Nokia X has forked Android, so what’s the future for the Windows Phone?
There are only two mobile operating systems that matter, iOS and Android. There was some excitement years ago when Microsoft announced its partnership with Nokia that just maybe the Windows operating system would become another major player in the mobile OS space. That was until yesterday when Nokia announced at the Mobile World Congress the X family of Smartphones that runs on a forked Android OS, so what does that mean for the future of the Windows phone?
The X signifies the cross over between three worlds: Android apps, Nokia design heritage and Microsoft services. In developing an OS using only the Android Open Source Project (AOSP) and not utilising the Google Mobile Services it means that the Nokia X software platform is not a true Android device as it has not been certified by Google.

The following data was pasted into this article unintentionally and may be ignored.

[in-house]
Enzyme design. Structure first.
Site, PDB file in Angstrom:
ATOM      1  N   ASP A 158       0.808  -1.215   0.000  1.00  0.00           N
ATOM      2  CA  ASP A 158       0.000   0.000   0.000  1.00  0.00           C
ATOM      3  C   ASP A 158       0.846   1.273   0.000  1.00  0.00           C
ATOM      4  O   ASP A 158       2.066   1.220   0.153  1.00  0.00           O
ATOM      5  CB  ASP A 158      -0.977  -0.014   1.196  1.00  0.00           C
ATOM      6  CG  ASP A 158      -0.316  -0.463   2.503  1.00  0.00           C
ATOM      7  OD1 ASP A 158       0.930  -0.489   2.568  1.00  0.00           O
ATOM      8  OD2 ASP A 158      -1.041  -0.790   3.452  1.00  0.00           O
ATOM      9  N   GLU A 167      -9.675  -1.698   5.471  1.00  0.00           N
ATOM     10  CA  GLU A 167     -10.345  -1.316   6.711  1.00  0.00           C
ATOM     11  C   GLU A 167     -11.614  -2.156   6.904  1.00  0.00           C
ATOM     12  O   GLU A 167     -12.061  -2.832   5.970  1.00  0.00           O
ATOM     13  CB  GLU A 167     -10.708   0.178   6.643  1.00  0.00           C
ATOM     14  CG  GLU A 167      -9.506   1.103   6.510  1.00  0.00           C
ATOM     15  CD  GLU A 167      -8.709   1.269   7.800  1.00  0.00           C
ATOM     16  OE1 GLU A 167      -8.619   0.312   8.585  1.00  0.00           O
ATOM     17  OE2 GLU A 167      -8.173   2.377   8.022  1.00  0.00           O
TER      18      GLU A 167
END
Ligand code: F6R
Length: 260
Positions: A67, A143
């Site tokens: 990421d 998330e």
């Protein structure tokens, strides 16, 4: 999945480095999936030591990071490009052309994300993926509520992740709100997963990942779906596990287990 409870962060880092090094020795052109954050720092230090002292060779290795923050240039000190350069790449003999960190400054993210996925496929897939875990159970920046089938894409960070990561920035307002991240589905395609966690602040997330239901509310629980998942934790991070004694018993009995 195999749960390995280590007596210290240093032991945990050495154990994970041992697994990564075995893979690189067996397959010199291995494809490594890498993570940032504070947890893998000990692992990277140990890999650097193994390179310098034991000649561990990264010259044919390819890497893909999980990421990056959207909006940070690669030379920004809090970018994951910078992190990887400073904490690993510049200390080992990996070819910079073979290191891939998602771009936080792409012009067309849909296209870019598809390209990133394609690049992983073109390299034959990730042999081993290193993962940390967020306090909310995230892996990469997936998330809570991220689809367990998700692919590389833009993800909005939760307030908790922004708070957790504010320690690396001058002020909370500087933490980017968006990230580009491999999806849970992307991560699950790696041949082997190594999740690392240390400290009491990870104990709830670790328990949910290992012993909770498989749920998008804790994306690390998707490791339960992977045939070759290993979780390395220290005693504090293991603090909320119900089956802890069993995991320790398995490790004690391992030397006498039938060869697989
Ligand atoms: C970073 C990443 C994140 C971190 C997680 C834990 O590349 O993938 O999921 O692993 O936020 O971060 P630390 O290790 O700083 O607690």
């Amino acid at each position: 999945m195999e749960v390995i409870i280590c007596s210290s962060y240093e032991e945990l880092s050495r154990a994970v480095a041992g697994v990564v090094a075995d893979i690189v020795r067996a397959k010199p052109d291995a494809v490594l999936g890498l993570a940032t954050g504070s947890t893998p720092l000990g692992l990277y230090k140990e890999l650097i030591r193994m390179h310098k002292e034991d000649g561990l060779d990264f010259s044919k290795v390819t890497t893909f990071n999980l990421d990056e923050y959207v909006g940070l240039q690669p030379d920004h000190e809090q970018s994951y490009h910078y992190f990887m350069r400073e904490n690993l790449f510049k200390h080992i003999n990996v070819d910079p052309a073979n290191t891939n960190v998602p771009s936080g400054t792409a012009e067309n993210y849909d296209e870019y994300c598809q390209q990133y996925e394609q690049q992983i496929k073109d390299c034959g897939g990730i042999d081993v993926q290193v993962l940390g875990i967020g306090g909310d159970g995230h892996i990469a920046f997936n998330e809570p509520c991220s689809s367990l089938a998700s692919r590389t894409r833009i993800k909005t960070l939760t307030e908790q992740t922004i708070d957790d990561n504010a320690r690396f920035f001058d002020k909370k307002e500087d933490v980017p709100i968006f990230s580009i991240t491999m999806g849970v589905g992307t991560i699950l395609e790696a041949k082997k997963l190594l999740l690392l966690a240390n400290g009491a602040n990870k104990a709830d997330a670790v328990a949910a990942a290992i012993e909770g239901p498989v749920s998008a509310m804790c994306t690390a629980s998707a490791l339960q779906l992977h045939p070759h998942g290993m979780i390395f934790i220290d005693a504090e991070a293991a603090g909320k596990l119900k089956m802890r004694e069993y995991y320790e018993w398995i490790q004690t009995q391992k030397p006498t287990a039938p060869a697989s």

Despite this it will run many of the standard Android Apps and these will be able to be loaded through Nokia’s own App store, or can be loaded on the phone directly. So in most cases developers will be able to make their Android Apps run on the Nokia X software platform with little work to be done to account for the fact the Apps cannot access the Google Mobile Services APIs.
So what does this mean for Microsoft and the future of the Windows Phone?
It appears that the main motivation behind the Nokia X series is to provide an affordable phone that is aimed at the developing markets. This suits Microsoft who has an objective to break into the developing markets and bring the next one billion people online.
So in reality for Microsoft it is not about connecting a billion people to the Windows Phone, it is more about connecting one billion people to their cloud services. So maybe it is time to accept that at least in the foreseeable distant future we are not going to see a real competitor to Android and iOS.